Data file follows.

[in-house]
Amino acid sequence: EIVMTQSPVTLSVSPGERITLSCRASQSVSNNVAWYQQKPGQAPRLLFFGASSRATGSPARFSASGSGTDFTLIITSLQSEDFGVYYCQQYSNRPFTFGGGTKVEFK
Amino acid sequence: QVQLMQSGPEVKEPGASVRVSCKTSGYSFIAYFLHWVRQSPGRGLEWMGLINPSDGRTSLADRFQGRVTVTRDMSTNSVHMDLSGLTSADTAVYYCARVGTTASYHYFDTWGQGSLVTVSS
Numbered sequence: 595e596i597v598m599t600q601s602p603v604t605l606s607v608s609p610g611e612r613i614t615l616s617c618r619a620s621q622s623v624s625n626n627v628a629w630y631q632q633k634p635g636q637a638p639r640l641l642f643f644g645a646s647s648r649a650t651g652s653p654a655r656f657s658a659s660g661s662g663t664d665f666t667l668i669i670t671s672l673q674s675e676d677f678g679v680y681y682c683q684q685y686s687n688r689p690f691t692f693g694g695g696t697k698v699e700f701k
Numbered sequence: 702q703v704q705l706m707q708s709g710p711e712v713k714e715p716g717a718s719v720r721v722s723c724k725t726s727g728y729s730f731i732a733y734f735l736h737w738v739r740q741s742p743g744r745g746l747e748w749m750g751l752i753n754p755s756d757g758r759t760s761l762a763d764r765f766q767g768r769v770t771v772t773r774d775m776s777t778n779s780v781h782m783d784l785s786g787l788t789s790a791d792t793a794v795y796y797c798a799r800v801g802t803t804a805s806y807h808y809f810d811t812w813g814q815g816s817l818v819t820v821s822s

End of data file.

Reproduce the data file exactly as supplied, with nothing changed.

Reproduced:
[in-house]
Amino acid sequence: EIVMTQSPVTLSVSPGERITLSCRASQSVSNNVAWYQQKPGQAPRLLFFGASSRATGSPARFSASGSGTDFTLIITSLQSEDFGVYYCQQYSNRPFTFGGGTKVEFK
Amino acid sequence: QVQLMQSGPEVKEPGASVRVSCKTSGYSFIAYFLHWVRQSPGRGLEWMGLINPSDGRTSLADRFQGRVTVTRDMSTNSVHMDLSGLTSADTAVYYCARVGTTASYHYFDTWGQGSLVTVSS
Numbered sequence: 595e596i597v598m599t600q601s602p603v604t605l606s607v608s609p610g611e612r613i614t615l616s617c618r619a620s621q622s623v624s625n626n627v628a629w630y631q632q633k634p635g636q637a638p639r640l641l642f643f644g645a646s647s648r649a650t651g652s653p654a655r656f657s658a659s660g661s662g663t664d665f666t667l668i669i670t671s672l673q674s675e676d677f678g679v680y681y682c683q684q685y686s687n688r689p690f691t692f693g694g695g696t697k698v699e700f701k
Numbered sequence: 702q703v704q705l706m707q708s709g710p711e712v713k714e715p716g717a718s719v720r721v722s723c724k725t726s727g728y729s730f731i732a733y734f735l736h737w738v739r740q741s742p743g744r745g746l747e748w749m750g751l752i753n754p755s756d757g758r759t760s761l762a763d764r765f766q767g768r769v770t771v772t773r774d775m776s777t778n779s780v781h782m783d784l785s786g787l788t789s790a791d792t793a794v795y796y797c798a799r800v801g802t803t804a805s806y807h808y809f810d811t812w813g814q815g816s817l818v819t820v821s822s